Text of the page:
Speaking of intangibles, his ability to play freeze tag with baserunners has implications reaching far beyond keeping a few baserunners from advancing between pitches. Runners never get a head start. They are easier to double-up. They are less likely to score from second. They don’t hit-and-run. Sometimes they are even afraid to run on the three-and-two pitch with two outs.

Let’s compare Braden to some of the top pitchers from around the league:

Year   Pitcher         Innings  SB   CS   PK   SB/9
2009   Dallas Braden   136.2     0   2    1    0
2009   Zach Greinke    229.1     5   9    1    0.20
2009   Felix Hernandez 238.2    20   8    1    0.75
2009   Roy Halladay    239      18   6    0    0.68
2009   CC Sabathia     233      13   7    3    0.50
2009   Jon Lester      203.1    19   6    6    0.84

I’ll admit to having an evil twinkle in my eye when I included Lester, so I better say that his numbers come with the caveat of Boston’s catchers. And, of course, Greinke is good at everything, but these guys still can’t compare to Braden.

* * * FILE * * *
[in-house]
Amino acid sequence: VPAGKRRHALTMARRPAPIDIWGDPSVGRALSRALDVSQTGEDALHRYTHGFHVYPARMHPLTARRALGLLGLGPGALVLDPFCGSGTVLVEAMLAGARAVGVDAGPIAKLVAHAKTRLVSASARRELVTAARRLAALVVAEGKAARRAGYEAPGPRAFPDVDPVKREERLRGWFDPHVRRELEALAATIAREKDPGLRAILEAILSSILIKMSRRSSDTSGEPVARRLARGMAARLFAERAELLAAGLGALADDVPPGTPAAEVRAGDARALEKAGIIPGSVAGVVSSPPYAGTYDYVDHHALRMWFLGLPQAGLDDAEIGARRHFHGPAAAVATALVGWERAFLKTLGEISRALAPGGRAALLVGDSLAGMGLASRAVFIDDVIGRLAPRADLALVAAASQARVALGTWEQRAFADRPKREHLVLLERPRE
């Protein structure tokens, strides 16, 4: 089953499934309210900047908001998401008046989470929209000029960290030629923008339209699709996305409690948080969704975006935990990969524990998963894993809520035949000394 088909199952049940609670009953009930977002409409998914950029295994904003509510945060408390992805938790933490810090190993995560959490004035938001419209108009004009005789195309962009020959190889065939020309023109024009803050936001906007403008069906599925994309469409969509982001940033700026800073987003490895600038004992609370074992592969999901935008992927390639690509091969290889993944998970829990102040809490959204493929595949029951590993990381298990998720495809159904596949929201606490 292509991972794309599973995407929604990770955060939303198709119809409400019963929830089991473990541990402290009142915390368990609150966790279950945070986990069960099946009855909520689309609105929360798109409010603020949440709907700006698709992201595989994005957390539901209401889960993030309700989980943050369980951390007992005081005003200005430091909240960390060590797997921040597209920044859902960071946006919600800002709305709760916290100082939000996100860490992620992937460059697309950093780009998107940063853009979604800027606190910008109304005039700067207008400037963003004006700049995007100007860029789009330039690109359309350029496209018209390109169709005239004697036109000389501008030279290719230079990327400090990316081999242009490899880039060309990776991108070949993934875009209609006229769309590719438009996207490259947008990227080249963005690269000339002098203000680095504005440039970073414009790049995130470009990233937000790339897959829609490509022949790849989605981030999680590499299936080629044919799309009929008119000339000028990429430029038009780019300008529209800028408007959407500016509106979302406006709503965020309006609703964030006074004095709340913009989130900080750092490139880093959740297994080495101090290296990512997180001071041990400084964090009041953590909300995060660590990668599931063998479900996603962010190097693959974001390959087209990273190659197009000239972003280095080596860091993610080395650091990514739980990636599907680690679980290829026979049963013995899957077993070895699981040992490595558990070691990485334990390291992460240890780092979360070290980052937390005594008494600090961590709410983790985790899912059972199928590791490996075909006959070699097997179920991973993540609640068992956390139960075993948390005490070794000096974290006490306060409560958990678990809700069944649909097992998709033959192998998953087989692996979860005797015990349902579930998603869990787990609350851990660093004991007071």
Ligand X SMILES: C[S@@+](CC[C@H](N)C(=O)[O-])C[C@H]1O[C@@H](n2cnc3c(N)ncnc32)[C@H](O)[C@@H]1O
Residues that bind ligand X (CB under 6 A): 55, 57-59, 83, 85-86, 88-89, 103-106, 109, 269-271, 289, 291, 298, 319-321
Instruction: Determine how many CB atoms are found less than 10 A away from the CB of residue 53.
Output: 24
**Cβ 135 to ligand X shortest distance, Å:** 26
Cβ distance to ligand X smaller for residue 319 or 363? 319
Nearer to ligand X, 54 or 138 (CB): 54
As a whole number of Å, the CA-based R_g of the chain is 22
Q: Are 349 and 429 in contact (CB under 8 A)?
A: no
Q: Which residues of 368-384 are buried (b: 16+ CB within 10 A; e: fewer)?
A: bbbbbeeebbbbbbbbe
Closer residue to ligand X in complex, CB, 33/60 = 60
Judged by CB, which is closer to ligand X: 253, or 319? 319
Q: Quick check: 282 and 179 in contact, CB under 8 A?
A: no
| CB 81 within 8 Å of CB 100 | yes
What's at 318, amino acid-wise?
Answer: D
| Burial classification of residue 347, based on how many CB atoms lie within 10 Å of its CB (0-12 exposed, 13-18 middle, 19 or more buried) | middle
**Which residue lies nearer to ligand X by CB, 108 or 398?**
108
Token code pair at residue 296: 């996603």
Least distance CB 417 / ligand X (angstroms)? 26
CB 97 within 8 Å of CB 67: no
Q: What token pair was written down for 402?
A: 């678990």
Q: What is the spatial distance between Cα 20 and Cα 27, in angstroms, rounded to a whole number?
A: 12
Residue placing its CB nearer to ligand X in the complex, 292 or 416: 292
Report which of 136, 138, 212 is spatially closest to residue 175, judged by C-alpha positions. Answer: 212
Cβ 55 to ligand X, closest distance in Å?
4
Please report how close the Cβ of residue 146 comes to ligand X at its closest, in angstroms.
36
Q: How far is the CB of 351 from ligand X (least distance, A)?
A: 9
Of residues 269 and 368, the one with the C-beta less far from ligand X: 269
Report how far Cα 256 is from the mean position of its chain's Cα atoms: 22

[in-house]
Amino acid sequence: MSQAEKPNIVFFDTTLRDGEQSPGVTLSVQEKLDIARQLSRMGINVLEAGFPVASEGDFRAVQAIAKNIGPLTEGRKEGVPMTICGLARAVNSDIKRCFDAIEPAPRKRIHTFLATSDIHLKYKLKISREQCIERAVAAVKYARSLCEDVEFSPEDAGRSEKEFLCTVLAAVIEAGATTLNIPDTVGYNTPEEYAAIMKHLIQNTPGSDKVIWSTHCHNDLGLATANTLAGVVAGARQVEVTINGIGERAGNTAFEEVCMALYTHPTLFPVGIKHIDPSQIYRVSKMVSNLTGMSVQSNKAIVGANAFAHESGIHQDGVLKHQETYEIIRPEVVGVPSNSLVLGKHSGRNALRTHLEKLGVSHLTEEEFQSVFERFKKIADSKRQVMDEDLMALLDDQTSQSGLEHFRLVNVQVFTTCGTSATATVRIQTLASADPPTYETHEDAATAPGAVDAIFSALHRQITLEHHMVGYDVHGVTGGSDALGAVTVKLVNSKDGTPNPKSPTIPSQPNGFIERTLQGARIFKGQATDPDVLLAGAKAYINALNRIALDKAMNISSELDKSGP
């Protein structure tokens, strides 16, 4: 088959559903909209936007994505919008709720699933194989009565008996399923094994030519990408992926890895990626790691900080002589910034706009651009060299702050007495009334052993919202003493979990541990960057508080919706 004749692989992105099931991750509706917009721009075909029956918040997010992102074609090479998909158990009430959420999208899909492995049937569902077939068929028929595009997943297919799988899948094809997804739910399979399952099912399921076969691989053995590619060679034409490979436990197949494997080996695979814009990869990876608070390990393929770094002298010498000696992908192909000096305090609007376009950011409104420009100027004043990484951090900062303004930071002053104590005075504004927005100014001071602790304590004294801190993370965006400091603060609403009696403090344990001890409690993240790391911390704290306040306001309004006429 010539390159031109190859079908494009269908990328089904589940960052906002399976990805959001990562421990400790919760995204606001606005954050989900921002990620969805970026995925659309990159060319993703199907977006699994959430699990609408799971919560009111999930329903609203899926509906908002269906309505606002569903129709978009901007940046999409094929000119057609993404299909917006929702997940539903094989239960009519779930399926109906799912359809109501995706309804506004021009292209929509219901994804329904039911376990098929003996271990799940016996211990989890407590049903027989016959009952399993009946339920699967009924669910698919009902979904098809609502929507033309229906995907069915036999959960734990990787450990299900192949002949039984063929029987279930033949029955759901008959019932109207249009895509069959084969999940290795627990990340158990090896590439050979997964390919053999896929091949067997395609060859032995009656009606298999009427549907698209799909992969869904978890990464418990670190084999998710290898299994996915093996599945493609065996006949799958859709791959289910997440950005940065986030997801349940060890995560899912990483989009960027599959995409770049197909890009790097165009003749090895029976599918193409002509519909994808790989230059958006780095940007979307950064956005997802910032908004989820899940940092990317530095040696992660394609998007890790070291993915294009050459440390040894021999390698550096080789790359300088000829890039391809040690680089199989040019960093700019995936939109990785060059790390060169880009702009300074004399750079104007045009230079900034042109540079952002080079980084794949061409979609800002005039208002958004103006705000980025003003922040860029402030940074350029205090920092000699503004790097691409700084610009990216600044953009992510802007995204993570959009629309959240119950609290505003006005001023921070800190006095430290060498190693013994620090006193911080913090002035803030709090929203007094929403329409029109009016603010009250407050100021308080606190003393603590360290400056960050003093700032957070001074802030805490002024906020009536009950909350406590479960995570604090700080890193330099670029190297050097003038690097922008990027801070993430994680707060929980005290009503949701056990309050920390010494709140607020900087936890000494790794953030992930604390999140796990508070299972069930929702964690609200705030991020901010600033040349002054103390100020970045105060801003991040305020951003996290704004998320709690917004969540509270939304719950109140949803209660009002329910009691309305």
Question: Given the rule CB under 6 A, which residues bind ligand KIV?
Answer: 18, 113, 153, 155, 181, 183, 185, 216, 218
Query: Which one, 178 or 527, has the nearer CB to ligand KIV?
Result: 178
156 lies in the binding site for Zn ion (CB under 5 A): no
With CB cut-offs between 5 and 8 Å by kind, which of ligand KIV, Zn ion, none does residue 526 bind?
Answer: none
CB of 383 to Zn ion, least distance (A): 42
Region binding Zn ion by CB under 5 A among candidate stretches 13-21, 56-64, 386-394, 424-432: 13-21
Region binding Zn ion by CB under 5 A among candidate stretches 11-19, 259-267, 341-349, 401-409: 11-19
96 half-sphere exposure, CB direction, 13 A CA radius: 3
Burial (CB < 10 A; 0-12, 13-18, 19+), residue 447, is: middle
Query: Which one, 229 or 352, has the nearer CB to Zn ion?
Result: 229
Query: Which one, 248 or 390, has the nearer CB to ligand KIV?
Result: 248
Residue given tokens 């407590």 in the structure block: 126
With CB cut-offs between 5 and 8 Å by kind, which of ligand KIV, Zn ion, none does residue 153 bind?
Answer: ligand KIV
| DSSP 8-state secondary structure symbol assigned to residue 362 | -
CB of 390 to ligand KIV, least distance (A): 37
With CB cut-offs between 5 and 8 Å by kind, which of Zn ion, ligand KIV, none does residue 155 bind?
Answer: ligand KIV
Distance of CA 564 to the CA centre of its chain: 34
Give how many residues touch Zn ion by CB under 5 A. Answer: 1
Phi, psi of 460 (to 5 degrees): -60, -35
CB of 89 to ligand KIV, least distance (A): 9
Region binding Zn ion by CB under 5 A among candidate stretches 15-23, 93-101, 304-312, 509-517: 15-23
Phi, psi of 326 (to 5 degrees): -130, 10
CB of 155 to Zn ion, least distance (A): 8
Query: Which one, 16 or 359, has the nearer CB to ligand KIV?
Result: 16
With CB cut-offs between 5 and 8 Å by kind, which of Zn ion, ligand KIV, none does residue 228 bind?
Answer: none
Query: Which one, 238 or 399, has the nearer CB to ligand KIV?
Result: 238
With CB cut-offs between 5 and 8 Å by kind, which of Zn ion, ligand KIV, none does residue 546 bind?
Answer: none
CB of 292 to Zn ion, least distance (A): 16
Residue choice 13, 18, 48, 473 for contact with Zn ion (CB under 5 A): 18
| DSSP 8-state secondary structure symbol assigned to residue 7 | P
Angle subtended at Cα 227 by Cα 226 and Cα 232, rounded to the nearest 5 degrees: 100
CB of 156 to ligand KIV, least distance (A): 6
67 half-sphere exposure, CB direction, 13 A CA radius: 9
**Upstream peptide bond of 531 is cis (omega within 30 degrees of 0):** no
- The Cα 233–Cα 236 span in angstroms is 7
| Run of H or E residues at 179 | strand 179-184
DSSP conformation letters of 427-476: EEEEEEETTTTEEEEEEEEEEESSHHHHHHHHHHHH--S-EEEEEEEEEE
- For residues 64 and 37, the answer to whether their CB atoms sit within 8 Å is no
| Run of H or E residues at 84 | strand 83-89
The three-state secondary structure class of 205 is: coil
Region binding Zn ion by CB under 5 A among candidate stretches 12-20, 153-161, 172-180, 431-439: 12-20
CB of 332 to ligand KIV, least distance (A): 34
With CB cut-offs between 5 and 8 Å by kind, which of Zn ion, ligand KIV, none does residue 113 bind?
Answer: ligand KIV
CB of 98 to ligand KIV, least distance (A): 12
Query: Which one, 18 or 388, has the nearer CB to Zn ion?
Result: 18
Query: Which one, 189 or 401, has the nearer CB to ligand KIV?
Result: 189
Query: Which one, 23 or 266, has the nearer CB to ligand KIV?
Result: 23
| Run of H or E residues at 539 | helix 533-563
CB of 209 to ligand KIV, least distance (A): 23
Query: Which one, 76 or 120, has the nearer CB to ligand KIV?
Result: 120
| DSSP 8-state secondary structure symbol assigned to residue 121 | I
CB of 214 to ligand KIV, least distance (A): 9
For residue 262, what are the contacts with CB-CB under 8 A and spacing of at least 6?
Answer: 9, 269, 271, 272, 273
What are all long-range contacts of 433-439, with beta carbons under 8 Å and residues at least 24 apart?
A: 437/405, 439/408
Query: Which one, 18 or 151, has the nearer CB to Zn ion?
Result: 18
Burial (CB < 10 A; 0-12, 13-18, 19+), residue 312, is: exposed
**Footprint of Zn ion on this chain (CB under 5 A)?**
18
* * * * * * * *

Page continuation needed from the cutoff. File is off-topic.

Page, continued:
Let’s look at it a different way. Here are the pitchers who led the majors in pick-offs last year:

Year   Pitcher         Innings  SB   CS   PK   SB/9
2009   Dallas Braden   136.2     0   2    1    0
2009   Mark Buehrle    213.1     4   4    8    0.17
2009   Jon Lester      203.1    19   6    6    0.84
2009   Andy Pettitte   194.2    14   8    6    0.65
2009   Clayton Richard  89       8   5    6    0.81
2009   John Danks      200.1    18   7    5    0.81

Again, Braden allowed a lot less stolen bases and has easily been better than at least four of these guys. Buehrle has always been renowned for his ability to control the running game, and whether he is better at it than Braden or not, maybe the most important thing to take away from his appearance on this list is that he is another guy who has consistently beat out his ERA projections.

So what of Braden’s projections? Last year most projections had his ERA at well over 4.00 and none had it under 4.00. He ended with a 3.89. This year he has been projected in virtually the same exact way as last year, and in many cases, worse. He has a 3.33 ERA and just threw a perfect game.